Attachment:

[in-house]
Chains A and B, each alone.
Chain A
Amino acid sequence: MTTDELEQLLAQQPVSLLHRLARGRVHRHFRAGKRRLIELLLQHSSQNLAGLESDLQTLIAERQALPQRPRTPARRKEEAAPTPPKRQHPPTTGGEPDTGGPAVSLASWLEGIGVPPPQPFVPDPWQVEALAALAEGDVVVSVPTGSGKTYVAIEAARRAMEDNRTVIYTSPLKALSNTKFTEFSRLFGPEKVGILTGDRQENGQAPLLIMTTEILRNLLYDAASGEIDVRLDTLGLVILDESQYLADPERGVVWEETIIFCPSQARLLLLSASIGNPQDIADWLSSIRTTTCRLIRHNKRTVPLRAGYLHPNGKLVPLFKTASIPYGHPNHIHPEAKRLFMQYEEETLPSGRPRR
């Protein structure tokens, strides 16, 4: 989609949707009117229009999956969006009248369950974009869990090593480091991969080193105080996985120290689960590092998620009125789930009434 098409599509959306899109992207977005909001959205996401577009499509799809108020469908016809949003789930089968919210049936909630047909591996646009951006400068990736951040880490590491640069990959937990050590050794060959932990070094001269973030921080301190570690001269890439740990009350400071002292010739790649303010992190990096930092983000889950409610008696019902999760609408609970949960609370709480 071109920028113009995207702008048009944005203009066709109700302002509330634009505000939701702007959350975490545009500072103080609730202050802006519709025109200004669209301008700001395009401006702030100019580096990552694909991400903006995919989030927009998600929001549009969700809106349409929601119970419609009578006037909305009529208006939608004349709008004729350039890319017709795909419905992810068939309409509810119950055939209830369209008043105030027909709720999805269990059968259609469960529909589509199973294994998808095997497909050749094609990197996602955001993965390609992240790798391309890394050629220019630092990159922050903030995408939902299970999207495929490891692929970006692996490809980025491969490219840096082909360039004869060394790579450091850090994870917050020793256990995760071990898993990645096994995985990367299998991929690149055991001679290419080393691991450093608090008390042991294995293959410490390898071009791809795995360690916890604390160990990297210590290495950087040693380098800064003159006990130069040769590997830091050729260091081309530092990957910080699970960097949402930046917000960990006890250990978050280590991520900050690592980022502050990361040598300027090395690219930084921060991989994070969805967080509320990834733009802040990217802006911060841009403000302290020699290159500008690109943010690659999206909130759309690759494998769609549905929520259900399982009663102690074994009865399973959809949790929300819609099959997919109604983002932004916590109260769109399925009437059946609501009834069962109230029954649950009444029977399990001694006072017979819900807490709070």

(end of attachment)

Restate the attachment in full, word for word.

[in-house]
Chains A and B, each alone.
Chain A
Amino acid sequence: MTTDELEQLLAQQPVSLLHRLARGRVHRHFRAGKRRLIELLLQHSSQNLAGLESDLQTLIAERQALPQRPRTPARRKEEAAPTPPKRQHPPTTGGEPDTGGPAVSLASWLEGIGVPPPQPFVPDPWQVEALAALAEGDVVVSVPTGSGKTYVAIEAARRAMEDNRTVIYTSPLKALSNTKFTEFSRLFGPEKVGILTGDRQENGQAPLLIMTTEILRNLLYDAASGEIDVRLDTLGLVILDESQYLADPERGVVWEETIIFCPSQARLLLLSASIGNPQDIADWLSSIRTTTCRLIRHNKRTVPLRAGYLHPNGKLVPLFKTASIPYGHPNHIHPEAKRLFMQYEEETLPSGRPRR
């Protein structure tokens, strides 16, 4: 989609949707009117229009999956969006009248369950974009869990090593480091991969080193105080996985120290689960590092998620009125789930009434 098409599509959306899109992207977005909001959205996401577009499509799809108020469908016809949003789930089968919210049936909630047909591996646009951006400068990736951040880490590491640069990959937990050590050794060959932990070094001269973030921080301190570690001269890439740990009350400071002292010739790649303010992190990096930092983000889950409610008696019902999760609408609970949960609370709480 071109920028113009995207702008048009944005203009066709109700302002509330634009505000939701702007959350975490545009500072103080609730202050802006519709025109200004669209301008700001395009401006702030100019580096990552694909991400903006995919989030927009998600929001549009969700809106349409929601119970419609009578006037909305009529208006939608004349709008004729350039890319017709795909419905992810068939309409509810119950055939209830369209008043105030027909709720999805269990059968259609469960529909589509199973294994998808095997497909050749094609990197996602955001993965390609992240790798391309890394050629220019630092990159922050903030995408939902299970999207495929490891692929970006692996490809980025491969490219840096082909360039004869060394790579450091850090994870917050020793256990995760071990898993990645096994995985990367299998991929690149055991001679290419080393691991450093608090008390042991294995293959410490390898071009791809795995360690916890604390160990990297210590290495950087040693380098800064003159006990130069040769590997830091050729260091081309530092990957910080699970960097949402930046917000960990006890250990978050280590991520900050690592980022502050990361040598300027090395690219930084921060991989994070969805967080509320990834733009802040990217802006911060841009403000302290020699290159500008690109943010690659999206909130759309690759494998769609549905929520259900399982009663102690074994009865399973959809949790929300819609099959997919109604983002932004916590109260769109399925009437059946609501009834069962109230029954649950009444029977399990001694006072017979819900807490709070």